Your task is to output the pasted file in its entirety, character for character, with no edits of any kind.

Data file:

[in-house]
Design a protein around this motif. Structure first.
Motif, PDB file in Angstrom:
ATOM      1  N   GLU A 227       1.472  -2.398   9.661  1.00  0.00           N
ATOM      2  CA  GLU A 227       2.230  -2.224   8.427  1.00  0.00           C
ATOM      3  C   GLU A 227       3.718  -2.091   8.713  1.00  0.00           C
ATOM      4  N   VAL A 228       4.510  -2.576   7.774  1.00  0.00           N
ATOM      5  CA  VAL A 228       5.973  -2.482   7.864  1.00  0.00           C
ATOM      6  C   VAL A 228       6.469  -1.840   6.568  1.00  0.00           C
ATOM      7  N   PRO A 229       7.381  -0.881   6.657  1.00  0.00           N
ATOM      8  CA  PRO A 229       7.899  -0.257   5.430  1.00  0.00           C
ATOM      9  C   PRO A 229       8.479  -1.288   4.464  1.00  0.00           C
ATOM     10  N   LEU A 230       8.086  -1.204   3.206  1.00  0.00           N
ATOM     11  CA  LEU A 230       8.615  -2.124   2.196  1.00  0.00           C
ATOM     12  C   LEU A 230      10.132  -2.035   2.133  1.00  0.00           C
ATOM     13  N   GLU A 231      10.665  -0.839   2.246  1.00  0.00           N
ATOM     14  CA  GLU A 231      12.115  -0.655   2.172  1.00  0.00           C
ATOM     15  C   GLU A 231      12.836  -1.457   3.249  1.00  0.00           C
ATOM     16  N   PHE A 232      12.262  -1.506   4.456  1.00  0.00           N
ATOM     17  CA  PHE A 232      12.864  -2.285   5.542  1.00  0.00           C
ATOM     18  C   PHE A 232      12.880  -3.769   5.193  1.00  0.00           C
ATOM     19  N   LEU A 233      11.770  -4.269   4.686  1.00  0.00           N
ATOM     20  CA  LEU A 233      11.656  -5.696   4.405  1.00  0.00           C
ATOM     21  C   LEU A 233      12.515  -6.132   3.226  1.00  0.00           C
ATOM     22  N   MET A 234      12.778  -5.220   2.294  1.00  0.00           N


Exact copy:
[in-house]
Design a protein around this motif. Structure first.
Motif, PDB file in Angstrom:
ATOM      1  N   GLU A 227       1.472  -2.398   9.661  1.00  0.00           N
ATOM      2  CA  GLU A 227       2.230  -2.224   8.427  1.00  0.00           C
ATOM      3  C   GLU A 227       3.718  -2.091   8.713  1.00  0.00           C
ATOM      4  N   VAL A 228       4.510  -2.576   7.774  1.00  0.00           N
ATOM      5  CA  VAL A 228       5.973  -2.482   7.864  1.00  0.00           C
ATOM      6  C   VAL A 228       6.469  -1.840   6.568  1.00  0.00           C
ATOM      7  N   PRO A 229       7.381  -0.881   6.657  1.00  0.00           N
ATOM      8  CA  PRO A 229       7.899  -0.257   5.430  1.00  0.00           C
ATOM      9  C   PRO A 229       8.479  -1.288   4.464  1.00  0.00           C
ATOM     10  N   LEU A 230       8.086  -1.204   3.206  1.00  0.00           N
ATOM     11  CA  LEU A 230       8.615  -2.124   2.196  1.00  0.00           C
ATOM     12  C   LEU A 230      10.132  -2.035   2.133  1.00  0.00           C
ATOM     13  N   GLU A 231      10.665  -0.839   2.246  1.00  0.00           N
ATOM     14  CA  GLU A 231      12.115  -0.655   2.172  1.00  0.00           C
ATOM     15  C   GLU A 231      12.836  -1.457   3.249  1.00  0.00           C
ATOM     16  N   PHE A 232      12.262  -1.506   4.456  1.00  0.00           N
ATOM     17  CA  PHE A 232      12.864  -2.285   5.542  1.00  0.00           C
ATOM     18  C   PHE A 232      12.880  -3.769   5.193  1.00  0.00           C
ATOM     19  N   LEU A 233      11.770  -4.269   4.686  1.00  0.00           N
ATOM     20  CA  LEU A 233      11.656  -5.696   4.405  1.00  0.00           C
ATOM     21  C   LEU A 233      12.515  -6.132   3.226  1.00  0.00           C
ATOM     22  N   MET A 234      12.778  -5.220   2.294  1.00  0.00           N